On September 7, 2011, the CRTC announced the applicants for the 940 frequency; competing against Cogeco is Paul Tietolman, the son of broadcaster Jack Tietolman, who planned to use 940 for an anglophone news-talk formatted station.[19]

On November 21, 2011, Tietolman was awarded the frequency, but for the francophone news-talk format that he originally applied for 690.[20] A year later, he and his 2 partners were granted a license for English talk to be broadcast on 600 AM in the spring of 2013. However, by that point, none of the stations that the TTP group applied for had signed on. On September 19, 2014, the CRTC had given the TTP group another year to commence broadcasting on 600 and 940. However, this extension was the second and final one allowed for 940; if that station does not commence broadcasting by November 21, 2015, the license will be cancelled.[21]


  1. ^ CRTC ownership chart of Corus corporate structure
  2. ^ AM Info690 Montréal and AM940 Montreal's Greatest Hits to cease operation on January 29, 2010, Corus press release, 2010-01-29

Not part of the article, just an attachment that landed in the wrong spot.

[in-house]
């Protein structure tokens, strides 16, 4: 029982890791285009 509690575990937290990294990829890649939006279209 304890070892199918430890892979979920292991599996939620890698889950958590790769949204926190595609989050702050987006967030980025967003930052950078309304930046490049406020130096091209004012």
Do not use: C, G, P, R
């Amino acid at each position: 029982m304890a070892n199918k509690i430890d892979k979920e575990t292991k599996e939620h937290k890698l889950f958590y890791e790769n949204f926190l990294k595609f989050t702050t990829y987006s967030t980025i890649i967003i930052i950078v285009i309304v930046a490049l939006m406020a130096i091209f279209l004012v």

3. ^ CTV Montreal -- Two stations in Montreal going off the air Friday -- CTV News, Shows & Sport -- CTV Montreal (Received January 29, 2010)
  4. ^ "Corus pulls plug on radio stations," from Montreal Gazette January 30, 2010
  5. ^ "Stations That Make Up the Networks", The Daily Mail (Hagerstown, Maryland), March 11, 1939, p9
  6. ^ "Changement de format à 940 Montreal" (in French).  
  7. ^ BBM Canada - Top-line Radio Statistics for S1 (Jan-Mar) 2008
  8. ^ "The Marc Denis Collection". Retrieved 7 May 2014. 
  9. ^
  10. ^ 940 Montreal final transmission CINW AM, CIQC-AM, CFCF-AM, VE9AM, XWA - YouTube upload February 3, 2010
  11. ^ AM 940 CINW Montreal final transmission January 29, 2010 YouTube upload March 3, 2011
  12. ^ Broadcasting Decision CRTC 2010-354
  13. ^ The Gazette (Montreal): "Radio: Not just the usual channels", October 29, 2011.
  14. ^ a b "Broadcasting Notice of Consultation CRTC 2011-336", May 19, 2011.
  15. ^ "Montreal to get two all-traffic radio stations". The Gazette, May 16, 2011.
  17. ^ Broadcasting Notice of Consultation CRTC 2011-336-2, July 18, 2011.
  18. ^ Broadcasting Notice of Consultation CRTC 2011-453, July 29, 2011.
  19. ^ Broadcasting Notice of Consultation CRTC 2011-571, September 7, 2011.
  20. ^ Broadcasting Decision CRTC 2011-721, November 21, 2011.
  21. ^ Fagstein: "TTP Media says news-talk stations are six to nine months until launch", October 4, 2014.
  • Decision CRTC 99-151

External links